I’m living my dream running Walrus Oil, but even your wildest dreams can become a nightmare. This is a road toward better stability and balance, so I can be my best self when I walk into work every day and when I come home.

Table Bar Co.’s Sleek Cincinnati Basement Woodshop

When your only option for a woodshop is a windowless garage or basement, it may not be half bad after all. Take husband and wife team Table Bar Co. for example. When they were given the opportunity to convert an old stuffy basement into their studio, they just utilized their obvious creative knack to make it work. With a wood burning stove and timeless architectural elements like exposed brick and aged wood beams, it was nothing a good broom and a few cans of paint couldn’t fix.

Company: Table Bar Co.
Founder: Noah and Kelsey Seurkamp
Website: tablebar.co
Location: Cincinnati, Ohio
Features: Exposed Brick and Wood Beams, Wood Burning Stove

CAM Design Co.’s Urban Rooftop Woodshop

If you love woodworking and city life, trust us, this is your dream woodshop. A rooftop workspace with breathtaking views of New York City and an indoor loft workshop with nearly floor to ceiling windows. Located in New Jersey with a little less traffic congestion but all the benefits of an urban lifestyle. If you don’t want your heart to be darkened with intensely fierce jealousy, read no further.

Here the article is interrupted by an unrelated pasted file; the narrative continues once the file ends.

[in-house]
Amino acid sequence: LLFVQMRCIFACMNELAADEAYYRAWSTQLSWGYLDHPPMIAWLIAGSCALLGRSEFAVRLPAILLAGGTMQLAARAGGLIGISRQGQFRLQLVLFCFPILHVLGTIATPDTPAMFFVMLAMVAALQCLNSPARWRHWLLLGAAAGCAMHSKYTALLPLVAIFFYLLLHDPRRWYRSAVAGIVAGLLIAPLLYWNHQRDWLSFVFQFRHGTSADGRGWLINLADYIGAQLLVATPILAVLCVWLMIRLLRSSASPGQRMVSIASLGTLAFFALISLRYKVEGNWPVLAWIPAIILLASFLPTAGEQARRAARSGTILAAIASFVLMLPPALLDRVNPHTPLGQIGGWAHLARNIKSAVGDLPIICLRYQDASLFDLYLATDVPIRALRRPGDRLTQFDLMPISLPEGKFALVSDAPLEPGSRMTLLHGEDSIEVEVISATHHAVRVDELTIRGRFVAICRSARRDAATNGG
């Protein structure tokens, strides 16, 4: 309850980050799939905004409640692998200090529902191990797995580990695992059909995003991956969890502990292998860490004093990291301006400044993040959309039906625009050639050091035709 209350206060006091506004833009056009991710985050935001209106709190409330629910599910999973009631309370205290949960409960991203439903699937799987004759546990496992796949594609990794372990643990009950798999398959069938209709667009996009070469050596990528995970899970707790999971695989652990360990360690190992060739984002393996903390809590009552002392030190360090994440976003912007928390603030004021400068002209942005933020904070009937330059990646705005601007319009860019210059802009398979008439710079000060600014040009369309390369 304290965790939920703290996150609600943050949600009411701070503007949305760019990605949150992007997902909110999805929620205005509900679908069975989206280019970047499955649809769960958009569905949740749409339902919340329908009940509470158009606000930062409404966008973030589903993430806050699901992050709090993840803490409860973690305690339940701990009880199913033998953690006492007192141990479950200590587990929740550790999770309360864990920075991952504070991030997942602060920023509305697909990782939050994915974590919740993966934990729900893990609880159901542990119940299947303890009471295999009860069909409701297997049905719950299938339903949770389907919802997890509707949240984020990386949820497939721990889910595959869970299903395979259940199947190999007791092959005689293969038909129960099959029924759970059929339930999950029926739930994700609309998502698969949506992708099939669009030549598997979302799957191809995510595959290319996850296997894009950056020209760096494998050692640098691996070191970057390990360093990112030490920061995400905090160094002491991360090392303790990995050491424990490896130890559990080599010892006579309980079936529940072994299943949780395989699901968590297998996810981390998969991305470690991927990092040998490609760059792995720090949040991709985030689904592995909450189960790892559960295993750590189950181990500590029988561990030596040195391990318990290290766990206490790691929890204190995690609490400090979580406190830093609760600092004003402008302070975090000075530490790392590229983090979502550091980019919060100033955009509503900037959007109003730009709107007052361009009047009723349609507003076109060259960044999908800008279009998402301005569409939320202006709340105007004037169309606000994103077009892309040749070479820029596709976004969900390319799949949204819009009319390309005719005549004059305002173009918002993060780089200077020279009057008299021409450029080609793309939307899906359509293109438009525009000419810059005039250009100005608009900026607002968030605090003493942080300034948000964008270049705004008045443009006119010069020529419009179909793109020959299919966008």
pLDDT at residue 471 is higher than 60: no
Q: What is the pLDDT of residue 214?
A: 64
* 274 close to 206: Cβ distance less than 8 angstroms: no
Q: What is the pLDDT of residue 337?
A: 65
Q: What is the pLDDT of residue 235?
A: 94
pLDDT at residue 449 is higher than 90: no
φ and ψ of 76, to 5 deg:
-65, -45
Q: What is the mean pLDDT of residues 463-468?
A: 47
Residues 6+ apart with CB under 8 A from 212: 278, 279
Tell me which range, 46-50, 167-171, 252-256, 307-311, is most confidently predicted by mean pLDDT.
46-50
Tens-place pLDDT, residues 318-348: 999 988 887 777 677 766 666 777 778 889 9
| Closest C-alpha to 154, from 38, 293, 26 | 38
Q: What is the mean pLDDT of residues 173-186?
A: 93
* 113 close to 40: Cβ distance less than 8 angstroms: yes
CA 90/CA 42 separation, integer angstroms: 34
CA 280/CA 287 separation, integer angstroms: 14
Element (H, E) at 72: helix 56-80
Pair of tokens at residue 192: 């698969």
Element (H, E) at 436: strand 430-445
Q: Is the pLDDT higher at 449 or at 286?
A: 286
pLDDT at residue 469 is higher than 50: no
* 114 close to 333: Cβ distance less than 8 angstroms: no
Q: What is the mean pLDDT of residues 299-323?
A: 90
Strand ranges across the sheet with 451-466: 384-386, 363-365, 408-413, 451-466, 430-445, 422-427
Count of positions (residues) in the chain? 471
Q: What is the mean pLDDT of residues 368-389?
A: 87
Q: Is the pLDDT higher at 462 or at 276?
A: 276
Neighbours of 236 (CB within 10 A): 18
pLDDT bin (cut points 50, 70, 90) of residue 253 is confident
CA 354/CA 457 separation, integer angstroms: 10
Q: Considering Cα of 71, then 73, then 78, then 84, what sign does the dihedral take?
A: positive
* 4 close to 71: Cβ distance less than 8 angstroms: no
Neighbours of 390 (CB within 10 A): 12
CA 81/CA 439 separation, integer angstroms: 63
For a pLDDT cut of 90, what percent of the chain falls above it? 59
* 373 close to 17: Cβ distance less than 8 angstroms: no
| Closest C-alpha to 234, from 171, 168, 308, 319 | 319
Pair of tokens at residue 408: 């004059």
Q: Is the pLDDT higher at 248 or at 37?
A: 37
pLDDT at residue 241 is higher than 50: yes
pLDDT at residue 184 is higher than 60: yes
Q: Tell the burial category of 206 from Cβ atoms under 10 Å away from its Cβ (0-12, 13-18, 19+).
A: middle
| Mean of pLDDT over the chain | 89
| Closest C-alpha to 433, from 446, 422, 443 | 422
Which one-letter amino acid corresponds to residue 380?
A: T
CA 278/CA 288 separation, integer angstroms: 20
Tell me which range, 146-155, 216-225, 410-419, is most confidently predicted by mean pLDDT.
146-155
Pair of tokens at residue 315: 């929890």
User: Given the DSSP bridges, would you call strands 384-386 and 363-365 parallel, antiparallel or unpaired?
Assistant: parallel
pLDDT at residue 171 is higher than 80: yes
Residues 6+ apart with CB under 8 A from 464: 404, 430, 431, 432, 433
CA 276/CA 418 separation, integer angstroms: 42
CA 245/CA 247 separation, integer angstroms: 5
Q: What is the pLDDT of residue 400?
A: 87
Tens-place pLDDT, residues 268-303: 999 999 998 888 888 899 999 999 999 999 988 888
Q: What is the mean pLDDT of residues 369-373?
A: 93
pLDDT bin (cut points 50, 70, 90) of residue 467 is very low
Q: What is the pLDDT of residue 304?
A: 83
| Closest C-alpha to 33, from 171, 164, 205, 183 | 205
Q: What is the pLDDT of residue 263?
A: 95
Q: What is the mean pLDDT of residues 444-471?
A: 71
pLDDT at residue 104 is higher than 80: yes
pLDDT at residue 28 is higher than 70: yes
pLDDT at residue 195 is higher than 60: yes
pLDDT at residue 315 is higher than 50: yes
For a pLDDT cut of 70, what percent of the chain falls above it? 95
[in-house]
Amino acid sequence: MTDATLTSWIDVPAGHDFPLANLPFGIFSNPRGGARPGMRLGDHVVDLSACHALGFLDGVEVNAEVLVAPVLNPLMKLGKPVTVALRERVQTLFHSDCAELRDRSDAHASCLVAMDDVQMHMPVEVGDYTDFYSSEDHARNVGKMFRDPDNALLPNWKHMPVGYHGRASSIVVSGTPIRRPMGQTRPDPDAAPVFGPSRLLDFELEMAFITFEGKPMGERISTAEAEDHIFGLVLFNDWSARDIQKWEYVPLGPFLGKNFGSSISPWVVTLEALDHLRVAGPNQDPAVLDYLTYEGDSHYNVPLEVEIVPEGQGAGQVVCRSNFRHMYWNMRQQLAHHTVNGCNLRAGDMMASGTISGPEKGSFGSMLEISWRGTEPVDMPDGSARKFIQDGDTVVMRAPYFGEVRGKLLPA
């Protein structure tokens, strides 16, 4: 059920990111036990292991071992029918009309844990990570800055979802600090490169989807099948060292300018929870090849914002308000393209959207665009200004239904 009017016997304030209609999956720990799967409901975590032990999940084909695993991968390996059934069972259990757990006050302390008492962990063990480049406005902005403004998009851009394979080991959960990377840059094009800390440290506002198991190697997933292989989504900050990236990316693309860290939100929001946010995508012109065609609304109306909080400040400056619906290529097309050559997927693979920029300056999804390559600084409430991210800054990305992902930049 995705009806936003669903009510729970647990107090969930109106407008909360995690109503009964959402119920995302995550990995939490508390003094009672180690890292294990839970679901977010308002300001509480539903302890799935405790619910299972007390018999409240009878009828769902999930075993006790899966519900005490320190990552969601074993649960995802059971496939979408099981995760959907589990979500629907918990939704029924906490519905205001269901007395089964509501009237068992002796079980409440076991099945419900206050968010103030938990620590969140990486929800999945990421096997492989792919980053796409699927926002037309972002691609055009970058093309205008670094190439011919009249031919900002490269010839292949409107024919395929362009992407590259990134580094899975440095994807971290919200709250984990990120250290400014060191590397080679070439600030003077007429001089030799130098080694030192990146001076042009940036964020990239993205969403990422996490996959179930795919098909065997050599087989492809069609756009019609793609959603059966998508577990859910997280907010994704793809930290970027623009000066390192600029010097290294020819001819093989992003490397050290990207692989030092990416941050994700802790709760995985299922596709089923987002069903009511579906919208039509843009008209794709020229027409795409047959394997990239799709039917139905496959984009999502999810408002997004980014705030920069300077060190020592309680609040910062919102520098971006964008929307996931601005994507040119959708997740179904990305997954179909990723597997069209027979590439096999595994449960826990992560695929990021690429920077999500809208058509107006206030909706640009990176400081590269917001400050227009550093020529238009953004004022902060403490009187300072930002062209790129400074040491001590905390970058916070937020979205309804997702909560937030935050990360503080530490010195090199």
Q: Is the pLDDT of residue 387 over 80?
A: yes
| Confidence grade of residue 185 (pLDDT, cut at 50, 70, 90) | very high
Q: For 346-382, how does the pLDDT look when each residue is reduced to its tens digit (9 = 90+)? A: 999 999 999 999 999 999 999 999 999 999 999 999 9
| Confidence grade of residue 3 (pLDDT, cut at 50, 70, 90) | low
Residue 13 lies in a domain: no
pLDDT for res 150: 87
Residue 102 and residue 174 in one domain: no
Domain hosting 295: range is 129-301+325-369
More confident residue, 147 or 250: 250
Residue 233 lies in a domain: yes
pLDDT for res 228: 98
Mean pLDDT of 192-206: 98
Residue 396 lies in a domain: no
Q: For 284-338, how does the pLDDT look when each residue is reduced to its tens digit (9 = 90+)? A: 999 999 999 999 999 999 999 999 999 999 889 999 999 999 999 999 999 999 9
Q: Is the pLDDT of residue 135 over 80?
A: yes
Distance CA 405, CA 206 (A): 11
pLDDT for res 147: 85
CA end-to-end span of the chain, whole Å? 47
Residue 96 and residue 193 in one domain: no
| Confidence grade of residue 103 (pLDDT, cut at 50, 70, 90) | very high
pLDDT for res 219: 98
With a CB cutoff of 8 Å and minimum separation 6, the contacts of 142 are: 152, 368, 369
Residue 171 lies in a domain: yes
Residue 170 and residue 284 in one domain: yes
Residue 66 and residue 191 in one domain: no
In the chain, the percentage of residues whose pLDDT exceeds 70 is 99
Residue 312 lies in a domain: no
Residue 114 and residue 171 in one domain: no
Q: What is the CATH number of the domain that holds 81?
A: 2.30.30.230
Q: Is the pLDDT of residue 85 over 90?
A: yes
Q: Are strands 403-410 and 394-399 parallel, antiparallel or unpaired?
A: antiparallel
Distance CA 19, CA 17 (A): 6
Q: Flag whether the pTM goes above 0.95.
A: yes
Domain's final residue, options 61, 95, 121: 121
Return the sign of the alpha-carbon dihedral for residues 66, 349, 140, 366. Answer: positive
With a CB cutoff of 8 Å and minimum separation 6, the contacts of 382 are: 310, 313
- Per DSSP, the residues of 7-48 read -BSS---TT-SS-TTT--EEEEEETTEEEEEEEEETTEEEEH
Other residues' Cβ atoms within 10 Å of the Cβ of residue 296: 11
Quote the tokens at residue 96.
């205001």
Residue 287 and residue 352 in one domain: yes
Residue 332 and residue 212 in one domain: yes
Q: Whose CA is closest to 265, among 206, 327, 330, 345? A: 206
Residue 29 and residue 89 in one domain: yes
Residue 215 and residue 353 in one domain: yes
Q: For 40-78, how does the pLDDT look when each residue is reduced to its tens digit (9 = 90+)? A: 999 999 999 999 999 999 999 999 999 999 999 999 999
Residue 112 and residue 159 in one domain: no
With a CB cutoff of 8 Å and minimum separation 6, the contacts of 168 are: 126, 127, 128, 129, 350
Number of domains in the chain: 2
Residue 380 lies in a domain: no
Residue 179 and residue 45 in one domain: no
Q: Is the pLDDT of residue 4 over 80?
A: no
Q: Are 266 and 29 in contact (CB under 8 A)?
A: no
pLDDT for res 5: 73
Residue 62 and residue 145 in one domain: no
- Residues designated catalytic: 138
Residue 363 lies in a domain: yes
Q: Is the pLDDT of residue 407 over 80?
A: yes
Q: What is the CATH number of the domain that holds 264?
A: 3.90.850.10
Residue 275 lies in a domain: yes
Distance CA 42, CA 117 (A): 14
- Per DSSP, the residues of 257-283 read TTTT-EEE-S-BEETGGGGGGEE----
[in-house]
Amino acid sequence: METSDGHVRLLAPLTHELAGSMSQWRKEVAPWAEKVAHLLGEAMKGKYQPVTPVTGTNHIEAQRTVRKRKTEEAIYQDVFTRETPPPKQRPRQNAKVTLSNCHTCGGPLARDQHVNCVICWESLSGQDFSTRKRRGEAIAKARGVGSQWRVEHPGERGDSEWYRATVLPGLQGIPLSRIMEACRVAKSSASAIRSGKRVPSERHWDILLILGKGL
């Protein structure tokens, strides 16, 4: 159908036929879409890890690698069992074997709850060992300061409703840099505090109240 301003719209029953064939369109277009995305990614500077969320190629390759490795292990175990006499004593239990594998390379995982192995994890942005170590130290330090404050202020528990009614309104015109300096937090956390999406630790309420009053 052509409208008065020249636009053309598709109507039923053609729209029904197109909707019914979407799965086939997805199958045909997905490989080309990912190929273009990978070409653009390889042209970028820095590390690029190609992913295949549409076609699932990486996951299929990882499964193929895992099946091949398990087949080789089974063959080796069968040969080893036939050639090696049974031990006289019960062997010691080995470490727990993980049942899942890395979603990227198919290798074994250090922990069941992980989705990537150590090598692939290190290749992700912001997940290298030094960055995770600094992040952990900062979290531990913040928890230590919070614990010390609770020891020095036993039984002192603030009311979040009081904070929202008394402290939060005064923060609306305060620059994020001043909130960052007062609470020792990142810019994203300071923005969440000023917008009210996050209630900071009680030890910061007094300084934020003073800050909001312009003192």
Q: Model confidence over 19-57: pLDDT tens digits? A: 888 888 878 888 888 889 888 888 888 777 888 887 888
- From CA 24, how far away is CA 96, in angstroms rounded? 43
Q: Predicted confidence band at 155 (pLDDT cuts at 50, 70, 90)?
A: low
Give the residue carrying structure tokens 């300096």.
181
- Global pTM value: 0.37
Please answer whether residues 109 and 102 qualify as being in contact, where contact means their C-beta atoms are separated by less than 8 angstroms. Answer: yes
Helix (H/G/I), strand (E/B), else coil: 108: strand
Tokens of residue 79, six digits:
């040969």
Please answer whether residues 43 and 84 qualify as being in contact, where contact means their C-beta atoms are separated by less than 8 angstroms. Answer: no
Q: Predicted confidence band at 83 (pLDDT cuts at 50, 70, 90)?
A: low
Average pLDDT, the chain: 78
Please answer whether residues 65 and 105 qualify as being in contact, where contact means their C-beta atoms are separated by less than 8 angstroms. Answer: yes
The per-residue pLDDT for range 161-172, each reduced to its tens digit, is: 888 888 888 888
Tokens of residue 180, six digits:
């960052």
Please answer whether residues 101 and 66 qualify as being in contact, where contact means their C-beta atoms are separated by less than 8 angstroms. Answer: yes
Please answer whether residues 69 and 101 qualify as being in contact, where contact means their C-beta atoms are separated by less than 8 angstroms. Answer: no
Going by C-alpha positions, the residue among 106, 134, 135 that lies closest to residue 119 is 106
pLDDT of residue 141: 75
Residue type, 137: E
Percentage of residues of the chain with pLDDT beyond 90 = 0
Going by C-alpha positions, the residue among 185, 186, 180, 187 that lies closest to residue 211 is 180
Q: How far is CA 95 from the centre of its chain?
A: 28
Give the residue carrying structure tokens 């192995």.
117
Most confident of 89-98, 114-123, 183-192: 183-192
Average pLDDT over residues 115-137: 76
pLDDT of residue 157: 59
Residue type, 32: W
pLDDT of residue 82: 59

Company: CAM Design Co.
Founder: Christopher Miano
Website: chrismiano.com
Location: Union City, New Jersey
Features: Overlooks New York City, Indoor Loft and Rooftop Workspace


Made for Wear and Tear


You may have recently noticed the “Made for Wear and Tear” phrase on our website or print materials and wondered what it’s specifically in reference to. This year we have softly started an initiative encouraging woodworkers to use reclaimed wood and found materials for some of their projects. Although fresh kiln hardwood is not evil by any means, the truth is however, the world has a major waste problem and if we can save an old desk from the landfill, we’re doing earth and future generations a favor. All of our products work great on new builds, but they’re equally as effective on a heavily used cutting board, a scuffed up desk, or century old floor boards pulled from an old railcar.